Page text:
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Hylobates lar entelloides | Central White-handed Gibbon


Great spot: Khao Yai National Park, Thailand

© Andie Ang

Khao Yai National Park, Thailand



Taxonomy & Occurrence

White-handed Gibbons (Hylobates lar), also known as Lar Gibbons, can be found in China, Indonesia, Lao PDR, Myanmar, Peninsular Malaysia, and Thailand [1]. Five subspecies are recognized but their taxonomic distinctiveness requires further examination [1].


The Central White-handed Gibbon (H. l. entelloides) can be found in . 


IUCN Conservation Status



Banded Langur was first described from Singapore in 1838, making Singapore its type locality. Being leaf monkeys, they have large multi-chambered stomachs with microflora that assists with digestion (characteristic of colobine primates). Infants are born white in color with a cruciform black pattern on the back.



Seeing this Species


Before you meet the Banded Langurs, you'll probably hear a machine gun. No need to panic. These are just the monkeys' territorial calls. As with most diurnal primates, they are most active early in the morning and during the mid-afternoon. They are almost entirely arboreal so you'll need to look up. During the months of January-Febuary and June-July, you have a good chance of seeing infants [1]. 


Khao Yai National Park, Thailand

Gunung Lambak (which means Flea Mountain in Malay) is a twin-peak mountain which stands at 510m a.s.l. at its highest. A visitor permit is not required to visit this gunung (mountain in Malay). All six species of non-human primates in Johor state can be found here! 


How to get there

Locally named as Bukit Fraser, Fraser's Hill is in the central region of Peninsular Malaysia in the state of Pahang. It is about two hours drive north of Kuala Lumpur. The second hour of drive follows an extremely winding road up to the top, at an average altitude of 1,200 meters. You may also catch a bus from the Pudu Raya bus terminal at Kuala Lumpur, heading towards Kuala Kubu Bharu.


Probability of success: ◆ ◆ ◆ ◆ ◇


Overlapping species: Greater Slow LorisLong-tailed Macaque, Southern Pig-tailed Macaque, Dusky Leaf Monkey, Raffles' Banded Langur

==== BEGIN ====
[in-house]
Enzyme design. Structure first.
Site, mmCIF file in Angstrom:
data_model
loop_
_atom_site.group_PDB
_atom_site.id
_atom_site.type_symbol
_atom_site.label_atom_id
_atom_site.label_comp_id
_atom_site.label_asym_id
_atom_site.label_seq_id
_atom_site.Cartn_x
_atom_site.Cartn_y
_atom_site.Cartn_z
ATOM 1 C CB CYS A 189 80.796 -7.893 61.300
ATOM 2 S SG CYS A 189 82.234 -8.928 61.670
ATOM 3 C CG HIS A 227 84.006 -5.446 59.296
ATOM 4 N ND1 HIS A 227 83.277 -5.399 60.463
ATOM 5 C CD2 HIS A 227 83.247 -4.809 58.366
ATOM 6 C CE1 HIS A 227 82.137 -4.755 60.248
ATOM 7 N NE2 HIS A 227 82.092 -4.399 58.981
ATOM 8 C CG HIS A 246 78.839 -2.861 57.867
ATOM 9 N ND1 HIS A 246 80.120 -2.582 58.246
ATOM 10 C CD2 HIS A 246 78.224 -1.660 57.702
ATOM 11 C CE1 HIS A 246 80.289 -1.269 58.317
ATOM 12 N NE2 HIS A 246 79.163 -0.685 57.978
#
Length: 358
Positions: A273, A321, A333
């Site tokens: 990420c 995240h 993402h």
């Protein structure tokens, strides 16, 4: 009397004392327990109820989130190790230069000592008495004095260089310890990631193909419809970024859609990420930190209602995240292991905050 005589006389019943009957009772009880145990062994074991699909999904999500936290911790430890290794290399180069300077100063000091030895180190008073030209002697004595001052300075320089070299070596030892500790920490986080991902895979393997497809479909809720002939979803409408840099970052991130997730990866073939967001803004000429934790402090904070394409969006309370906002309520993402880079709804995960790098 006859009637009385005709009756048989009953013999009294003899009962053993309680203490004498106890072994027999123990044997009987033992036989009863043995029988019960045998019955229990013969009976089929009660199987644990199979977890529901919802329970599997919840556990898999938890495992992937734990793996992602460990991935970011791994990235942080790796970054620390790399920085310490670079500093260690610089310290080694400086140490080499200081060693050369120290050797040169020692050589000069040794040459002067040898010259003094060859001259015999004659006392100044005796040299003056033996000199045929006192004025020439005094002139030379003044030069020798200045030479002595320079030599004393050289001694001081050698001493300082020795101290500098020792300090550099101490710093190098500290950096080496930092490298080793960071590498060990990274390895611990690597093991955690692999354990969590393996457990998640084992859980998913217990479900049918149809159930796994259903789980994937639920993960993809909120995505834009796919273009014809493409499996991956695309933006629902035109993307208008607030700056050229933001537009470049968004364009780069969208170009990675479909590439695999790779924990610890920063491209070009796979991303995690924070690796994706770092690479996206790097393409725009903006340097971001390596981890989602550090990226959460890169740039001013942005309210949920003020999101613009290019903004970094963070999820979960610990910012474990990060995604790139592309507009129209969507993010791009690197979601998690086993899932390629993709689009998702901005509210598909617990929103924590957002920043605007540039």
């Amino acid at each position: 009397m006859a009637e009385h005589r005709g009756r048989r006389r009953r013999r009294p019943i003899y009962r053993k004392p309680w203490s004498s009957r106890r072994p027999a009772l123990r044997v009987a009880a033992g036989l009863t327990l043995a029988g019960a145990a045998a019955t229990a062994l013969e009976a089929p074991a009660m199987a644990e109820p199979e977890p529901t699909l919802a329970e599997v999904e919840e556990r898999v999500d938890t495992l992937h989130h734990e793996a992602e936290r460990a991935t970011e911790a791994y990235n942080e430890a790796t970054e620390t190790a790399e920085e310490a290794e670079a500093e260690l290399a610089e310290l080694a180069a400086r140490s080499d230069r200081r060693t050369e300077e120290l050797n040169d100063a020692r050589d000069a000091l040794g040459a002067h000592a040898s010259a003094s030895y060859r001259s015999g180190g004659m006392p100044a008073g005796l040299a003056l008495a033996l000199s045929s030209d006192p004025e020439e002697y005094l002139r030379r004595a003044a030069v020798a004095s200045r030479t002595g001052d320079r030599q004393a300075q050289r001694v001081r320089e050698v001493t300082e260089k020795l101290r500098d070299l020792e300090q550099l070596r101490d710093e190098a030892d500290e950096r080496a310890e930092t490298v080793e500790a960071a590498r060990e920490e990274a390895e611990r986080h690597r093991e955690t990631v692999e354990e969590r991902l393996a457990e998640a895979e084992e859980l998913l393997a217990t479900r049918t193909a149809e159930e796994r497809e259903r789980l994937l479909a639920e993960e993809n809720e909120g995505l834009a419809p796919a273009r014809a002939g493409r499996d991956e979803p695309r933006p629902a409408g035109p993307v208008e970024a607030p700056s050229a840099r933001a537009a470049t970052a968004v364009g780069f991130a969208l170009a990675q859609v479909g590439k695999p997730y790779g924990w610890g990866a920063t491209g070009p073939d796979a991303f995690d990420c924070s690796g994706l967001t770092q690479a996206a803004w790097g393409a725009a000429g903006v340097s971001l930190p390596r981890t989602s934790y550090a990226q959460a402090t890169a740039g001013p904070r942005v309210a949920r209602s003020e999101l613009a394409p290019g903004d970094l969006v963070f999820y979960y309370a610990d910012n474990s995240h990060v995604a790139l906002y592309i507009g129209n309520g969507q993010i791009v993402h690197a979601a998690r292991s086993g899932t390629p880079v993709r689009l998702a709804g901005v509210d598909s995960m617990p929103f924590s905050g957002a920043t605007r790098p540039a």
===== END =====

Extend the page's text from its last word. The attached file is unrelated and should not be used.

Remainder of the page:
Other sites:

Panti Bird Sanctuary, Kota Tinggi district, Johor state, Malaysia

From Singapore, cross the Woodlands border checkpoint to get into Johor, Malaysia, and once there, take a cab towards Kota Tinggi. When at Kota Tinggi on highway Jalan Jemaluang, continue past the Gunung Panti Recreational Forest (this is not it), and look out for road marker # on the left. Right after marker #270, you will see old WWII bunkers, and a sign that points you into Panti Bird Sanctuary (Suaka Burung Panti) on the left. It takes about 90 minutes on cab and costs $55 (SG$70) one way. There is a new administration office with haphazard system of issuing permits and collecting a small fee, but it is closed most of the time (even in that case, there is no problem walking in). Walk on the main trail (it starts with paved road and continues on dirt road, which is relatively easy to walk on). 


Getting away from Panti is not as easy as getting there, so you might want to arrange with the cab driver to pick you up once you are done. Hailing a cab by the road may not be easy. Alternatively, wait by the roadside next to the bunker for a bus that takes you into the Kota Tinggi bus terminal. Buses come every hour (but not with a fixed schedule), and cost $2 (RM$6). There, a cab to Singapore costs $45. If you plan on spending more days for Panti, Rest Inn Hotel in Kota Tinggi is relatively cheap and good, where you can also call a cab to send you to Panti before dawn ($8). 


Panti Bird Sanctuary is also very popular with Singaporean and Malaysian birders.


Overlapping species: Greater Slow Loris, Long-tailed Macaque, Southern Pig-tailed Macaque, Dusky Leaf Monkey, Raffles' Banded Langur


Gunung Pulai, Kulai district, Johor state, Malaysia



Overlapping species: Greater Slow Loris, Long-tailed Macaque, Southern Pig-tailed Macaque, Dusky Leaf Monkey, Raffles' Banded Langur


Local contacts: Andie Ang (



The numbers indicate distance, not elevation. Peak stands at 510m a.s.l.

© Andie Ang

Gunung Lambak

© Sabrina Jabbar

Gunung Lambak

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